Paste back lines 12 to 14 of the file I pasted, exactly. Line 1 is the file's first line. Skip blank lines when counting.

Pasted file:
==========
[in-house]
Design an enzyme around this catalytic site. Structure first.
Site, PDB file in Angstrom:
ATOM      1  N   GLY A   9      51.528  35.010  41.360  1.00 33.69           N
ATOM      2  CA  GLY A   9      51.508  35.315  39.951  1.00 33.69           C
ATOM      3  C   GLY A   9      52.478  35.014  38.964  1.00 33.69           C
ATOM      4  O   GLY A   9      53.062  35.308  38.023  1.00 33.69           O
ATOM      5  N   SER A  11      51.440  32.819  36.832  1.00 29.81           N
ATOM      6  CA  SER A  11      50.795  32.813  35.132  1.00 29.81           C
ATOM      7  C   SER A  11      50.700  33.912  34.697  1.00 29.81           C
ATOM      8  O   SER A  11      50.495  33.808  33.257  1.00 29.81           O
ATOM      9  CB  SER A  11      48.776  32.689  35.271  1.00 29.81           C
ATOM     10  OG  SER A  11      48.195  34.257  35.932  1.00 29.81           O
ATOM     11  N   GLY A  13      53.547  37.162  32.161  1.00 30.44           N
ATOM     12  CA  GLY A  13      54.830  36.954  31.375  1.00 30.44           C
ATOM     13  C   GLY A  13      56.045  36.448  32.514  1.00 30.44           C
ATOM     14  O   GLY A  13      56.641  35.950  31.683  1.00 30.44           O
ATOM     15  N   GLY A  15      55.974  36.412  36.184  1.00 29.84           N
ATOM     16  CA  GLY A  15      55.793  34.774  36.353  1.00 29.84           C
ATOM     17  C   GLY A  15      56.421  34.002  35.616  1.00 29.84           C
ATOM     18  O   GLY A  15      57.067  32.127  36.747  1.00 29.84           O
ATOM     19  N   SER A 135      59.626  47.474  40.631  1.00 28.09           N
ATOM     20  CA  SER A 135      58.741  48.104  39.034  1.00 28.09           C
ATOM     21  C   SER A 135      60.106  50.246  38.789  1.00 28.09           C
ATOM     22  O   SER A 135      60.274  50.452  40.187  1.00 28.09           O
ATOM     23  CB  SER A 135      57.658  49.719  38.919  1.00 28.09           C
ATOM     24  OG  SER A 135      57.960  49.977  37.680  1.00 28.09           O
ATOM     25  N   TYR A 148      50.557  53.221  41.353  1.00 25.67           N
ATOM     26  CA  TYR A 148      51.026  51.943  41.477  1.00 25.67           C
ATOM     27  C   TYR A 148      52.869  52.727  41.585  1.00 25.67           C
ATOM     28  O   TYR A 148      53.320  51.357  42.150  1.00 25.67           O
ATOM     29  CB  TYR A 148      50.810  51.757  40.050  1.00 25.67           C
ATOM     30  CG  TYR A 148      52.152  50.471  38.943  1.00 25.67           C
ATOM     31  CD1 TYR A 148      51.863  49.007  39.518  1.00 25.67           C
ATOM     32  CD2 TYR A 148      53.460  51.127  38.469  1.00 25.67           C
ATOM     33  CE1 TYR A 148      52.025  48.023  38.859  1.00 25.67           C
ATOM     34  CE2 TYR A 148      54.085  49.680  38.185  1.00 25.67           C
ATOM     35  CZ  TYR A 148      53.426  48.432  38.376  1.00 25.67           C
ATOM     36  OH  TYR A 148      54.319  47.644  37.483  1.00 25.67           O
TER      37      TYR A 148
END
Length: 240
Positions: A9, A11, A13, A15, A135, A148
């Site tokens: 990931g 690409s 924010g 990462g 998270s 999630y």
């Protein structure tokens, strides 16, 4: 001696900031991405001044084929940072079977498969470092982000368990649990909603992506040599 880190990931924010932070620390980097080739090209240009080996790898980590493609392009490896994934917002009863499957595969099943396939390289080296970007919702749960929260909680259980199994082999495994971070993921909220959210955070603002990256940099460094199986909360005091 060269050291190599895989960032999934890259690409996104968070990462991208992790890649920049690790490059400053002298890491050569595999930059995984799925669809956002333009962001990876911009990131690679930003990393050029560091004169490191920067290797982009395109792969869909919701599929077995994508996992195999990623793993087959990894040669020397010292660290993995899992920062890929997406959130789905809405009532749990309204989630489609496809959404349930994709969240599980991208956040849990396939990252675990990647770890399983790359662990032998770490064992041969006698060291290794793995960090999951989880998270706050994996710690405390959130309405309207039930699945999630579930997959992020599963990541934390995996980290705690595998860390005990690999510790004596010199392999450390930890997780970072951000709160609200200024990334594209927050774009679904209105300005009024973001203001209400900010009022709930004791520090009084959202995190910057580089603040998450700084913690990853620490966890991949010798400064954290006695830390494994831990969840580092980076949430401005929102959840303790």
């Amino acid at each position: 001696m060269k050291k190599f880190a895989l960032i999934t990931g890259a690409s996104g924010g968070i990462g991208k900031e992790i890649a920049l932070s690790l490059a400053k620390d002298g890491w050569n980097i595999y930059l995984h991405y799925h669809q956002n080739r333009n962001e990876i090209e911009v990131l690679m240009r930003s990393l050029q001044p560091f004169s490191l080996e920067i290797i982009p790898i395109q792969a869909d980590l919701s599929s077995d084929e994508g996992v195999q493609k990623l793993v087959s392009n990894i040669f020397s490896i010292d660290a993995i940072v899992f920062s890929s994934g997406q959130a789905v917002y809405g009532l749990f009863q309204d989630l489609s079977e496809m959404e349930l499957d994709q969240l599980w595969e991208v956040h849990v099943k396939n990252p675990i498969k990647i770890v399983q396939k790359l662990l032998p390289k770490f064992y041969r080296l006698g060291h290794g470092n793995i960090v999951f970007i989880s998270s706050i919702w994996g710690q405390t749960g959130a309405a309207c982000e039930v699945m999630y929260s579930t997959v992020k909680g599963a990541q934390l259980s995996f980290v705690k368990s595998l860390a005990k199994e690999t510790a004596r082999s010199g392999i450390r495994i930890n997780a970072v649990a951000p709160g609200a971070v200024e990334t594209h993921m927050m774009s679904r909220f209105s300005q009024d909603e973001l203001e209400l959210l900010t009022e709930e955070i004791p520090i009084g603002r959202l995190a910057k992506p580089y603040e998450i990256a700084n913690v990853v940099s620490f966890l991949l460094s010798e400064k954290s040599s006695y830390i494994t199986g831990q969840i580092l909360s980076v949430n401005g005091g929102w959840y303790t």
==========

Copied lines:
ATOM      9  CB  SER A  11      48.776  32.689  35.271  1.00 29.81           C
ATOM     10  OG  SER A  11      48.195  34.257  35.932  1.00 29.81           O
ATOM     11  N   GLY A  13      53.547  37.162  32.161  1.00 30.44           N